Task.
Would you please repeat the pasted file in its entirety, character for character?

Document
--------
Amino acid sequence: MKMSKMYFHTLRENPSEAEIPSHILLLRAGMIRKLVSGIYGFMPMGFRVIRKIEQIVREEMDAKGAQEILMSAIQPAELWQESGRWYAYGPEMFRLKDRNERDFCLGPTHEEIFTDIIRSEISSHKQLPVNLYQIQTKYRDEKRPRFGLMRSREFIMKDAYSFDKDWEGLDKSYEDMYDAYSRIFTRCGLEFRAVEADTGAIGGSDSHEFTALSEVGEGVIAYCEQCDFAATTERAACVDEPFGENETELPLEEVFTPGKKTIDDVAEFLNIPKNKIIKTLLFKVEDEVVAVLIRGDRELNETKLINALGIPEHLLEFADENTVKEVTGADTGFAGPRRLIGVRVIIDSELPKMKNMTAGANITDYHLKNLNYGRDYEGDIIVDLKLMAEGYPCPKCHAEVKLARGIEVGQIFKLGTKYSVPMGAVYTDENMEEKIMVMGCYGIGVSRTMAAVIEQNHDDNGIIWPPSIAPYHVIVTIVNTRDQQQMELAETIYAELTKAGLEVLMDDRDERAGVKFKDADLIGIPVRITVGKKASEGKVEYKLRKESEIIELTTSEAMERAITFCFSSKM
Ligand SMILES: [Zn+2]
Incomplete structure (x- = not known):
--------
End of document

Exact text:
Amino acid sequence: MKMSKMYFHTLRENPSEAEIPSHILLLRAGMIRKLVSGIYGFMPMGFRVIRKIEQIVREEMDAKGAQEILMSAIQPAELWQESGRWYAYGPEMFRLKDRNERDFCLGPTHEEIFTDIIRSEISSHKQLPVNLYQIQTKYRDEKRPRFGLMRSREFIMKDAYSFDKDWEGLDKSYEDMYDAYSRIFTRCGLEFRAVEADTGAIGGSDSHEFTALSEVGEGVIAYCEQCDFAATTERAACVDEPFGENETELPLEEVFTPGKKTIDDVAEFLNIPKNKIIKTLLFKVEDEVVAVLIRGDRELNETKLINALGIPEHLLEFADENTVKEVTGADTGFAGPRRLIGVRVIIDSELPKMKNMTAGANITDYHLKNLNYGRDYEGDIIVDLKLMAEGYPCPKCHAEVKLARGIEVGQIFKLGTKYSVPMGAVYTDENMEEKIMVMGCYGIGVSRTMAAVIEQNHDDNGIIWPPSIAPYHVIVTIVNTRDQQQMELAETIYAELTKAGLEVLMDDRDERAGVKFKDADLIGIPVRITVGKKASEGKVEYKLRKESEIIELTTSEAMERAITFCFSSKM
Ligand SMILES: [Zn+2]
Incomplete structure (x- = not known):